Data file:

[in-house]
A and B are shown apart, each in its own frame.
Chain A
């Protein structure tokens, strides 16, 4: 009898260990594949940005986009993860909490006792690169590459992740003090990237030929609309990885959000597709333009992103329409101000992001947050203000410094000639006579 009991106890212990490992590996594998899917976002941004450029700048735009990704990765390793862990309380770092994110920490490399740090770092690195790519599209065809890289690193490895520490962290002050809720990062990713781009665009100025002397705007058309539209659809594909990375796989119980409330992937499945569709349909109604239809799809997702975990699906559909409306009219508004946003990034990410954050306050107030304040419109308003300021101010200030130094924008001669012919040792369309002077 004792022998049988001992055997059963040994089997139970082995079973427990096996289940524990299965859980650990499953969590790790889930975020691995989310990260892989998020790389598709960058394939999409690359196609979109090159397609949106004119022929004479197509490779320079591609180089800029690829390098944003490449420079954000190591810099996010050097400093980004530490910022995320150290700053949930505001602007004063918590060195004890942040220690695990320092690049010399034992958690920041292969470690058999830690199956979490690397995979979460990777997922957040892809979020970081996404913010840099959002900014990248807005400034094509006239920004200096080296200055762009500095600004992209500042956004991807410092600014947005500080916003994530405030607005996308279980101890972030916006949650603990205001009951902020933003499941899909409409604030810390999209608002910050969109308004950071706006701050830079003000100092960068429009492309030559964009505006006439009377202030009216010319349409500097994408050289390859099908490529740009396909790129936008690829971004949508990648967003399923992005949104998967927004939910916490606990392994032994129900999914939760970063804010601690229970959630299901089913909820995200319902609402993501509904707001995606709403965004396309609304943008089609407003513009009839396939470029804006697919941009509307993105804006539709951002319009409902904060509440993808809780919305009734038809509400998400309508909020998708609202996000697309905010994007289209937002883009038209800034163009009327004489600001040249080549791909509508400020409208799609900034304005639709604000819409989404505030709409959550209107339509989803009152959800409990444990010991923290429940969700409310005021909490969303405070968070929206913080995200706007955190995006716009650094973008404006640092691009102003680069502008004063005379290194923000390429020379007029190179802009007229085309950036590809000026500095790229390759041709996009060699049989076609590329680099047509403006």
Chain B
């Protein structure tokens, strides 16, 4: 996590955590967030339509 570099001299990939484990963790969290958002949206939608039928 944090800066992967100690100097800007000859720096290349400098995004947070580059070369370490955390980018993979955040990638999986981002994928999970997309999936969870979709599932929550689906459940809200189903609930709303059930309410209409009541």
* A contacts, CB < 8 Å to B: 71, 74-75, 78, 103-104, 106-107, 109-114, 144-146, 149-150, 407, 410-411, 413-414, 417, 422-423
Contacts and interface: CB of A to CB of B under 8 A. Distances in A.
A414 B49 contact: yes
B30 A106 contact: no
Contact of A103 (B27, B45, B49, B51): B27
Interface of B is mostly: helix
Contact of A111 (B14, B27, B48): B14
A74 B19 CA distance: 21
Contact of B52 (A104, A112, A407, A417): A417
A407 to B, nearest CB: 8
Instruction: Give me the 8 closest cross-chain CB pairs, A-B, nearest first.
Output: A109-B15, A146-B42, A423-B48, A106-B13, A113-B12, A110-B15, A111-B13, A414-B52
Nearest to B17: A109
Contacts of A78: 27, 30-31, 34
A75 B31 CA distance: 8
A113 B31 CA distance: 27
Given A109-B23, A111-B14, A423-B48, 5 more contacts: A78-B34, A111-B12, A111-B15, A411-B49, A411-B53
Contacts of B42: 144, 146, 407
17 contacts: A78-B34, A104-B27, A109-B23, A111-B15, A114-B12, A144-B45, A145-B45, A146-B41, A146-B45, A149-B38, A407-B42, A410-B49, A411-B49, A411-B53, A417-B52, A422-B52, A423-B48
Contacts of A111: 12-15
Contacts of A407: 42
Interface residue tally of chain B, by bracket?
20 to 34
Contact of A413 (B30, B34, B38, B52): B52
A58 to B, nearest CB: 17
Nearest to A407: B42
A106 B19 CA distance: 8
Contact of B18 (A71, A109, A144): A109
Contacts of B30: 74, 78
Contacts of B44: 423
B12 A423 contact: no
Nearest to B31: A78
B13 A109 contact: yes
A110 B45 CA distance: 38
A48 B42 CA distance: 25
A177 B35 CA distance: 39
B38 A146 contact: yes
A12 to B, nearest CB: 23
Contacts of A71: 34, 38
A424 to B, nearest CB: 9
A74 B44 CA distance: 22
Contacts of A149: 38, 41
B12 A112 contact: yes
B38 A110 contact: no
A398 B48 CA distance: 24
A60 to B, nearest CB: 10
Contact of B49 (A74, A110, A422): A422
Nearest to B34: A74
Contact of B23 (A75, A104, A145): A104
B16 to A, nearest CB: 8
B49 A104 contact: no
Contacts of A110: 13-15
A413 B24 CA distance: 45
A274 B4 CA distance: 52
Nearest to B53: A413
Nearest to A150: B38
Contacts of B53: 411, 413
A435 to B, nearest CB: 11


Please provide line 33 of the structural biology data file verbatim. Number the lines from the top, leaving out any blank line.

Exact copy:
A106 B19 CA distance: 8